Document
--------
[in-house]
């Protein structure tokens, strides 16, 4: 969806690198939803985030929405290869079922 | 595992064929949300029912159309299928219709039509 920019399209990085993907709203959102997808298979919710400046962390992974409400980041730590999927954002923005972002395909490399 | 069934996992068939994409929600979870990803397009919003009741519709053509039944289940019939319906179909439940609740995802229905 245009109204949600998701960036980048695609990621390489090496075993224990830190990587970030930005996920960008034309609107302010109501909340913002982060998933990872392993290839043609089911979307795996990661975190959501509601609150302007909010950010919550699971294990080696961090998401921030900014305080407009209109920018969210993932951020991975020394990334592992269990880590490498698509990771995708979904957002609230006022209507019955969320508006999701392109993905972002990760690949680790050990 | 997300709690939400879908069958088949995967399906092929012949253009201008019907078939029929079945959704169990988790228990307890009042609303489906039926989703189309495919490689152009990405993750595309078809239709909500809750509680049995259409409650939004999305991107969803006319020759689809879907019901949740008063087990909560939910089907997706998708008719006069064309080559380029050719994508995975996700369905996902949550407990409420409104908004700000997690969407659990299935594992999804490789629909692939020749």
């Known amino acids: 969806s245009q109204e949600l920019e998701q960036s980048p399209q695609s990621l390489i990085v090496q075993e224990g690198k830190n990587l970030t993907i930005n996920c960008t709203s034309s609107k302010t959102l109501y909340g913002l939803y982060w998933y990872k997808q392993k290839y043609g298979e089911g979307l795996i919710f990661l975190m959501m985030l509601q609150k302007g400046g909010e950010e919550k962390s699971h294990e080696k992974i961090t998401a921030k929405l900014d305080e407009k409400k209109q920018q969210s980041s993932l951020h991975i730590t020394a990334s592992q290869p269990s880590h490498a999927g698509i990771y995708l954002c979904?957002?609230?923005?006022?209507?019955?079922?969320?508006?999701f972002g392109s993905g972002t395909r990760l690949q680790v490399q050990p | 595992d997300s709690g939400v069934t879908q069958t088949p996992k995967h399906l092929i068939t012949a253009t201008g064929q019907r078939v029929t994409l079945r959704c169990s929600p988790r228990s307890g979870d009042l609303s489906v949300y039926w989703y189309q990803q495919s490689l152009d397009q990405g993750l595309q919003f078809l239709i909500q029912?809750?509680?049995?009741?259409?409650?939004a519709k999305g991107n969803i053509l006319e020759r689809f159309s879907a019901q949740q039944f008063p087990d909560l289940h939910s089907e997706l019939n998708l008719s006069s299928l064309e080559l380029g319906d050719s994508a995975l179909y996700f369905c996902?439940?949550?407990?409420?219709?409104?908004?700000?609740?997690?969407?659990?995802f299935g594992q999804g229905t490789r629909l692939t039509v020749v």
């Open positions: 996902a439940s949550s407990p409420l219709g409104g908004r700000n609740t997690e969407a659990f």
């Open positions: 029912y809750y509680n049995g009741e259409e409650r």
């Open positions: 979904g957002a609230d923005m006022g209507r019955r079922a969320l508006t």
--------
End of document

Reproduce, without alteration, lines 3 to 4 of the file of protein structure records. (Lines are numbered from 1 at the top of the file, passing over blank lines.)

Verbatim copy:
């Known amino acids: 969806s245009q109204e949600l920019e998701q960036s980048p399209q695609s990621l390489i990085v090496q075993e224990g690198k830190n990587l970030t993907i930005n996920c960008t709203s034309s609107k302010t959102l109501y909340g913002l939803y982060w998933y990872k997808q392993k290839y043609g298979e089911g979307l795996i919710f990661l975190m959501m985030l509601q609150k302007g400046g909010e950010e919550k962390s699971h294990e080696k992974i961090t998401a921030k929405l900014d305080e407009k409400k209109q920018q969210s980041s993932l951020h991975i730590t020394a990334s592992q290869p269990s880590h490498a999927g698509i990771y995708l954002c979904?957002?609230?923005?006022?209507?019955?079922?969320?508006?999701f972002g392109s993905g972002t395909r990760l690949q680790v490399q050990p | 595992d997300s709690g939400v069934t879908q069958t088949p996992k995967h399906l092929i068939t012949a253009t201008g064929q019907r078939v029929t994409l079945r959704c169990s929600p988790r228990s307890g979870d009042l609303s489906v949300y039926w989703y189309q990803q495919s490689l152009d397009q990405g993750l595309q919003f078809l239709i909500q029912?809750?509680?049995?009741?259409?409650?939004a519709k999305g991107n969803i053509l006319e020759r689809f159309s879907a019901q949740q039944f008063p087990d909560l289940h939910s089907e997706l019939n998708l008719s006069s299928l064309e080559l380029g319906d050719s994508a995975l179909y996700f369905c996902?439940?949550?407990?409420?219709?409104?908004?700000?609740?997690?969407?659990?995802f299935g594992q999804g229905t490789r629909l692939t039509v020749v």
């Open positions: 996902a439940s949550s407990p409420l219709g409104g908004r700000n609740t997690e969407a659990f």